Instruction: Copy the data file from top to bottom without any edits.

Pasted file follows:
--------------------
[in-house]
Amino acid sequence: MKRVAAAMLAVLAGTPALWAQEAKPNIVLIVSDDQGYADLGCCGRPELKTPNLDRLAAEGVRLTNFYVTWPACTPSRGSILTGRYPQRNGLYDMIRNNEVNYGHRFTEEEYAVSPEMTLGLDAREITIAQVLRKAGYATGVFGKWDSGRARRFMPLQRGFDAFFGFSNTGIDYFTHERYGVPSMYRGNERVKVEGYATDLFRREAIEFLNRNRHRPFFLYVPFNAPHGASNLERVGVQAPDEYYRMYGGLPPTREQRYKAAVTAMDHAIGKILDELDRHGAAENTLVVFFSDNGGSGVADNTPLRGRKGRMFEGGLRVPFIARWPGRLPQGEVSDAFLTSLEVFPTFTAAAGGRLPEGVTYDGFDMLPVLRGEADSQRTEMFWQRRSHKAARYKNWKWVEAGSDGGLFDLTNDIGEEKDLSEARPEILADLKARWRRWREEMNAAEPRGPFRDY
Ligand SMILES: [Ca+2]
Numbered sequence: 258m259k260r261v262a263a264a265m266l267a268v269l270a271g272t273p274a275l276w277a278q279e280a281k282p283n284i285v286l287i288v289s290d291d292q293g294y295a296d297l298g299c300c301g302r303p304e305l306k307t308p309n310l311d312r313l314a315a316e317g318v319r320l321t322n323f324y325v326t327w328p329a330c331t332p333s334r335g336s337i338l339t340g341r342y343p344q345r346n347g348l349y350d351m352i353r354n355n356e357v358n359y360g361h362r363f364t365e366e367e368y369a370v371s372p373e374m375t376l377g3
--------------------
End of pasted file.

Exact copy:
[in-house]
Amino acid sequence: MKRVAAAMLAVLAGTPALWAQEAKPNIVLIVSDDQGYADLGCCGRPELKTPNLDRLAAEGVRLTNFYVTWPACTPSRGSILTGRYPQRNGLYDMIRNNEVNYGHRFTEEEYAVSPEMTLGLDAREITIAQVLRKAGYATGVFGKWDSGRARRFMPLQRGFDAFFGFSNTGIDYFTHERYGVPSMYRGNERVKVEGYATDLFRREAIEFLNRNRHRPFFLYVPFNAPHGASNLERVGVQAPDEYYRMYGGLPPTREQRYKAAVTAMDHAIGKILDELDRHGAAENTLVVFFSDNGGSGVADNTPLRGRKGRMFEGGLRVPFIARWPGRLPQGEVSDAFLTSLEVFPTFTAAAGGRLPEGVTYDGFDMLPVLRGEADSQRTEMFWQRRSHKAARYKNWKWVEAGSDGGLFDLTNDIGEEKDLSEARPEILADLKARWRRWREEMNAAEPRGPFRDY
Ligand SMILES: [Ca+2]
Numbered sequence: 258m259k260r261v262a263a264a265m266l267a268v269l270a271g272t273p274a275l276w277a278q279e280a281k282p283n284i285v286l287i288v289s290d291d292q293g294y295a296d297l298g299c300c301g302r303p304e305l306k307t308p309n310l311d312r313l314a315a316e317g318v319r320l321t322n323f324y325v326t327w328p329a330c331t332p333s334r335g336s337i338l339t340g341r342y343p344q345r346n347g348l349y350d351m352i353r354n355n356e357v358n359y360g361h362r363f364t365e366e367e368y369a370v371s372p373e374m375t376l377g3